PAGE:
Blonde.
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x^3 - 4x^2 + x + 6

please help i've been trying for ages
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RDKGames
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(Original post by Blonde.)
x^3 - 4x^2 + x + 6

please help i've been trying for ages
Can you guess a root?

Try the factors of 6 (and their -ve versions)

Then employ the factor theorem and long division.
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Blonde.
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(Original post by RDKGames)
Can you guess a root?

Try the factors of 6 (and their -ve versions)

Then employ the factor theorem and long division.
idk where to start I tried guessing but it is wrong

can you explain why it has to be factors of 6, or how you'd guess a root - based on what?, and how the factor theorem and long division comes into factorising this?
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Yr_11_MATHS
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(Original post by Blonde.)
x^3 - 4x^2 + x + 6

please help i've been trying for ages
You have to try many numbers to see if they're a factor... most common ones for A level are 1 (x-1) and 2(x-2)... if not then use your calculator to factorise it for you and then use one of the factors to divide the equation by so that you get a quadratic which can be solved using completing the square....
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RDKGames
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(Original post by Blonde.)
idk where to start I tried guessing but it is wrong

can you explain why it has to be factors of 6, or how you'd guess a root - based on what?, and how the factor theorem and long division comes into factorising this?
Let's take a quadratic equation case for example. Suppose we know two roots of it, and call them \alpha,\beta. Then we know we can factorise this quadratic into the form (x-\alpha)(x-\beta) = 0. But now if we expand the LHS we get x^2 - (\alpha + \beta)x + \alpha\beta = 0. Notice that the constant term is precisely the product \alpha\beta of our roots. This idea extends to any polynomial, so your cubic included.

This means we can look at the constant term 6 and start testing its factors (as well as their -ve versions) to see whether any of them satisfy the equation.

This means you want to test x = \pm 1, \pm 2, \pm 3, \pm 6 by substituting them one at a time into the cubic and seeing if any of them satisfy it.

Once you find one number which does, let's call it a, then by the Factor Theorem we know that x-a is a factor of the cubic.

This means we can use long division to divide the cubic by x-a and end up with a quadratic which is more obvious to solve and obtain the other two roots out of.
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Blonde.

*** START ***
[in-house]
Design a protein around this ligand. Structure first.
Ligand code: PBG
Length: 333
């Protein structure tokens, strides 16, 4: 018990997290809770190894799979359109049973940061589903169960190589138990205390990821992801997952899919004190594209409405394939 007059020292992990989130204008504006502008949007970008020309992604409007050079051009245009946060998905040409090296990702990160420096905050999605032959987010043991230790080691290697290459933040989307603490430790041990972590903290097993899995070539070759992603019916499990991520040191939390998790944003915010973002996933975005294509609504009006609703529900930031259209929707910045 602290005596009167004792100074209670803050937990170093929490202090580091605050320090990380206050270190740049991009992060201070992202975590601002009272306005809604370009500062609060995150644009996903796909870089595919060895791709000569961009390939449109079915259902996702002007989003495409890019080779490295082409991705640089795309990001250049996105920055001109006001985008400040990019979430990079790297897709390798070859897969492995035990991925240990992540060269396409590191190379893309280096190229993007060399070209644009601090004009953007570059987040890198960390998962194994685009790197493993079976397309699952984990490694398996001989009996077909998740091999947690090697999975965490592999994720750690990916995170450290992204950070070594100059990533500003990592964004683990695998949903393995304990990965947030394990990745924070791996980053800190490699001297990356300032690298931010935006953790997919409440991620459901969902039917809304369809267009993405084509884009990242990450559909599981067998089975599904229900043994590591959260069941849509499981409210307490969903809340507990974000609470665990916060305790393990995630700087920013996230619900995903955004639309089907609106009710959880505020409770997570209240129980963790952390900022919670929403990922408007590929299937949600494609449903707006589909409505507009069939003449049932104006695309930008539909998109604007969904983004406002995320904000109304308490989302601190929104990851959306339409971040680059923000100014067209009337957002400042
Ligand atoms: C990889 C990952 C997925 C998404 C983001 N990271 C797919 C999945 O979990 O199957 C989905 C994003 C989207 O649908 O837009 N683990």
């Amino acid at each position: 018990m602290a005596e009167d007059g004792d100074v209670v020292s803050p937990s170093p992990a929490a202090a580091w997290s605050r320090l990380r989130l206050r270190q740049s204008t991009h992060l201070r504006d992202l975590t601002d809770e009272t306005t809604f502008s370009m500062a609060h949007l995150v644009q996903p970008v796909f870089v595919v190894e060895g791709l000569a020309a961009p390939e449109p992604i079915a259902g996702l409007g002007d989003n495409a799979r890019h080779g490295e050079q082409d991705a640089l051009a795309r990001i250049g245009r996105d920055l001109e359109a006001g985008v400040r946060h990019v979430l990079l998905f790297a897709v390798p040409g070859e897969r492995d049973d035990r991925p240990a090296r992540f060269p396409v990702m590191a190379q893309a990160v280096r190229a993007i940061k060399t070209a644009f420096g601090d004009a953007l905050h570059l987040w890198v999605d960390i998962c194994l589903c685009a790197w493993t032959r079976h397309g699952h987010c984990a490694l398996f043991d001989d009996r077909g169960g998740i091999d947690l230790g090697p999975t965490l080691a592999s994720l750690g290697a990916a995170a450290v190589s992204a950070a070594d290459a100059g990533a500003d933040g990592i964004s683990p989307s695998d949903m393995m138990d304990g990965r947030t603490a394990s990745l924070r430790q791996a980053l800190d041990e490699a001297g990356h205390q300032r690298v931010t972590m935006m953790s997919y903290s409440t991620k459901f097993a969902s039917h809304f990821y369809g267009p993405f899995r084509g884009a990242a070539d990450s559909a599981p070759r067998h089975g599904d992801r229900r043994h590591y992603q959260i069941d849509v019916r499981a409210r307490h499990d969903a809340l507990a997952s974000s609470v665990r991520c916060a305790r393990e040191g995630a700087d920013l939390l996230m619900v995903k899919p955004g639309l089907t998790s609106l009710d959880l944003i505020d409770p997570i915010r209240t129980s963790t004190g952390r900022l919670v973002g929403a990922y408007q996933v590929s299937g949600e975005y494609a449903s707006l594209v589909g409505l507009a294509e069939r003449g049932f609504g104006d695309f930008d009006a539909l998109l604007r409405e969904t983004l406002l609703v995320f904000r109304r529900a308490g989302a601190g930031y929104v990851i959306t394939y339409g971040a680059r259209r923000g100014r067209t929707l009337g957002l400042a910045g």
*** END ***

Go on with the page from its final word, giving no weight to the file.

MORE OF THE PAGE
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(Original post by RDKGames)
Can you guess a root?

Try the factors of 6 (and their -ve versions)

Then employ the factor theorem and long division.
(Original post by Yr_11_MATHS)
You have to try many numbers to see if they're a factor... most common ones for A level are 1 (x-1) and 2(x-2)... if not then use your calculator to factorise it for you and then use one of the factors to divide the equation by so that you get a quadratic which can be solved using completing the square....
I worked it out by trial and error to be (x-3)(x-2)(x+1)
but i hate this method it makes me doubt everything I'm doing. Is there another way?
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Blonde.
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(Original post by RDKGames)
Let's take a quadratic equation case for example. Suppose we know two roots of it, and call them \alpha,\beta. Then we know we can factorise this quadratic into the form (x-\alpha)(x-\beta) = 0. But now if we expand the LHS we get x^2 - (\alpha + \beta)x + \alpha\beta = 0. Notice that the constant term is precisely the product \alpha\beta of our roots. This idea extends to any polynomial, so your cubic included.

This means we can look at the constant term 6 and start testing its factors (as well as their -ve versions) to see whether any of them satisfy the equation.

This means you want to test x = \pm 1, \pm 2, \pm 3, \pm 6 by substituting them one at a time into the cubic and seeing if any of them satisfy it.

Once you find one number which does, let's call it a, then by the Factor Theorem we know that x-a is a factor of the cubic.

This means we can use long division to divide the cubic by x-a and end up with a quadratic which is more obvious to solve and obtain the other two roots out of.
thank you so much, that clears up everything wow
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Yr_11_MATHS
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(Original post by Blonde.)
I worked it out by trial and error to be (x-3)(x-2)(x+1)
but i hate this method it makes me doubt everything I'm doing. Is there another way?
The first bit is the trial and error bit, I always use the calculator to tell me a point in which the line intersects the X axis. Then I will normally divide the factor by the equation and solve from there. There's not really a quick way to do it unless you know two roots alpha and beta in which you could do alpha+beta=-b/a and alpha*beta = c/a... but that will be getting into further maths content but still does the trick
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